KLM donates old uniforms for upcycling into new products

Following earlier initiatives by Delta Air Lines and Virgin Atlantic (seat covers and curtains), KLM is upcycling its old uniforms into bags, belts and slippers. In April 2010, more than 11,000 female cabin crew, ground staff and pilots at KLM changed into new uniforms designed by Dutch couturier Mart Visser. All blue items of the previous female uniform were collected for recycling, which resulted in 90,000 kilos of fabric.

Because of security reasons, many airlines destroy discarded uniforms as wearing an old airline outfit could make it easier to slip through airport security illegally. Airline uniforms are also in popular demand for carnival or even worse in erotic clubs. For this last reason, Japan Airlines says it has recently marked its uniforms as its restructuring will make thousands of staff redundant. Second-had JAL uniforms can generate as much as EUR2,500 and are a popular ‘roleplay’ costume.

KLM says it has been looking for ways to discard its uniforms in a thorough but sustainable way. The airline has teamed up with Texperium, which was recently set up with the help of the Dutch government, and promotes the reprocessing of discarded textiles and the development of high added value products from recycled fibres. KLM is the first company to use a new machine which reduces textile to small flocks, which then become the basic material for new products. According to the airline the recycling of the 90,000 kilos of uniforms saves 500 million litres of water, 1 million cubic meter of natural gas, and 4,600 tons of CO2. See this video (in Dutch) for an impression of KLM’s upcycling process.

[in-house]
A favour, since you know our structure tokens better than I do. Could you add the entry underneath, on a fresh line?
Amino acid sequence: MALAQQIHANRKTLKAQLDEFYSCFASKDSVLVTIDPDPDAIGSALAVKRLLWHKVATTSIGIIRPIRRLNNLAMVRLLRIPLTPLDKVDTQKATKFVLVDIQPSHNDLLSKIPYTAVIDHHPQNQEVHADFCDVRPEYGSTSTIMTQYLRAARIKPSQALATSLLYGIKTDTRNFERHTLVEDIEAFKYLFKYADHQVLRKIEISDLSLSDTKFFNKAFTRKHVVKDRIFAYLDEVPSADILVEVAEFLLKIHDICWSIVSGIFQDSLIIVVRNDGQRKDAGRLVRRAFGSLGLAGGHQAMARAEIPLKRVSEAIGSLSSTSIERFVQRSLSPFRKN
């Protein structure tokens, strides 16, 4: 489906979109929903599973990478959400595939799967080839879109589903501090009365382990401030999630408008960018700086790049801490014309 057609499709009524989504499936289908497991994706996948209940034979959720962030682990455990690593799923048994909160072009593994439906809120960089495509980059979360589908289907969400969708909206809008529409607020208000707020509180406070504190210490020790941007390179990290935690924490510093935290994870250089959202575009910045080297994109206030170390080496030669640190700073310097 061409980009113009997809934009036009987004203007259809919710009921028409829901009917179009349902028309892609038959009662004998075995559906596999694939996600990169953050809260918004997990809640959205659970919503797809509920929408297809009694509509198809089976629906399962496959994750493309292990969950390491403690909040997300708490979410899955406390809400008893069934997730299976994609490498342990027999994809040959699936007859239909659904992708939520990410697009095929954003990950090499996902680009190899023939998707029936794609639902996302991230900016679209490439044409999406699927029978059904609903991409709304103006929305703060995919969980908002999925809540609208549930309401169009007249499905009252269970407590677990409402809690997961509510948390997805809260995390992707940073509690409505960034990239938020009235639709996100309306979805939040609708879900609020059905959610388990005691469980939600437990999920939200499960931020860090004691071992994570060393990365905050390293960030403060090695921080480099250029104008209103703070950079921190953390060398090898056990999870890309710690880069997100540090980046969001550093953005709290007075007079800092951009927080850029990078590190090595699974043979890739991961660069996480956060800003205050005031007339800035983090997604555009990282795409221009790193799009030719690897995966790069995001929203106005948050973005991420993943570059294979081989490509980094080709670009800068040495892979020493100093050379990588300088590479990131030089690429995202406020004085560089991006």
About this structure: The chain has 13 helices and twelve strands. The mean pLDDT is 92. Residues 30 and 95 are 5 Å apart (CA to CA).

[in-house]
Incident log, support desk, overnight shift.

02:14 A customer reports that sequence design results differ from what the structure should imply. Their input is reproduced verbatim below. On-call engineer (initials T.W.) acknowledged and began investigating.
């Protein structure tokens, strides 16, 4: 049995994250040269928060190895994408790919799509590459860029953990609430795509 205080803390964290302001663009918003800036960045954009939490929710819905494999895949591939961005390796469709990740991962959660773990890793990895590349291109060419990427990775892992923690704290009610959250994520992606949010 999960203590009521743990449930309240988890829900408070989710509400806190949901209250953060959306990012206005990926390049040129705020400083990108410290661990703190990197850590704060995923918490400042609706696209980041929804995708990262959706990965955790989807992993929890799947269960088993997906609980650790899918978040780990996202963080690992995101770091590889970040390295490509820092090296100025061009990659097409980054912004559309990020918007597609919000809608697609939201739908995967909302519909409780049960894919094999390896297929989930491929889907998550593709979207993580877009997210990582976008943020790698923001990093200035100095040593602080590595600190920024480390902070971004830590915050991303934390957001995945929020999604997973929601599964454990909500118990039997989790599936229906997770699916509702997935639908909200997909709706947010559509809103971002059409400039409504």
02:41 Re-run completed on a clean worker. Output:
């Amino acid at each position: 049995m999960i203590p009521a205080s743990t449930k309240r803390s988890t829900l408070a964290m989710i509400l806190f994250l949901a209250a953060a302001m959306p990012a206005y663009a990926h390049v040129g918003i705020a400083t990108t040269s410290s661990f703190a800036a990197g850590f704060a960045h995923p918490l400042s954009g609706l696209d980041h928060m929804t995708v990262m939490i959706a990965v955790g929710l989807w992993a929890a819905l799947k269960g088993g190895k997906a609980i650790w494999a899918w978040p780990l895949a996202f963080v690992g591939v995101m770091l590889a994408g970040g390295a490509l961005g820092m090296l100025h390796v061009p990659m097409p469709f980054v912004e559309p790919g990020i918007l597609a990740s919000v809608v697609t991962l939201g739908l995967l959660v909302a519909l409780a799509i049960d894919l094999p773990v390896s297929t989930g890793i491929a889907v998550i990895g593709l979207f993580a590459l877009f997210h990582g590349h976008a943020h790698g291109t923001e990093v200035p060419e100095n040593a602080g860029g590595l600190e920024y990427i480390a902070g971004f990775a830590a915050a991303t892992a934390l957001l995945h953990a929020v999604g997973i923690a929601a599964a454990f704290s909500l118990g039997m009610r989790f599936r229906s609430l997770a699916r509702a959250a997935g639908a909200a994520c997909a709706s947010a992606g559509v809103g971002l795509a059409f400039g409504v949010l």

To show the possibilities of the recycled basic material, professional industrial designers, together with design students, have developed a number of product concepts related to flying and traveling. Initial prototype products include suitcase belts, slippers, and several types of bags. KLM will only donate it uniforms as a resource for upcycled products though, and will not be involved in the creation of new products from it. The airline is currently investigating whether other textile waste, such as seat covers and carpets, can be used for upcycled products as well.

Related articles:
Delta upcycles aircraft seat covers into fashionable bags
Southwest’s ‘Green Plane’ to test eco-friendly interior materials
Qantas launches onboard recycling

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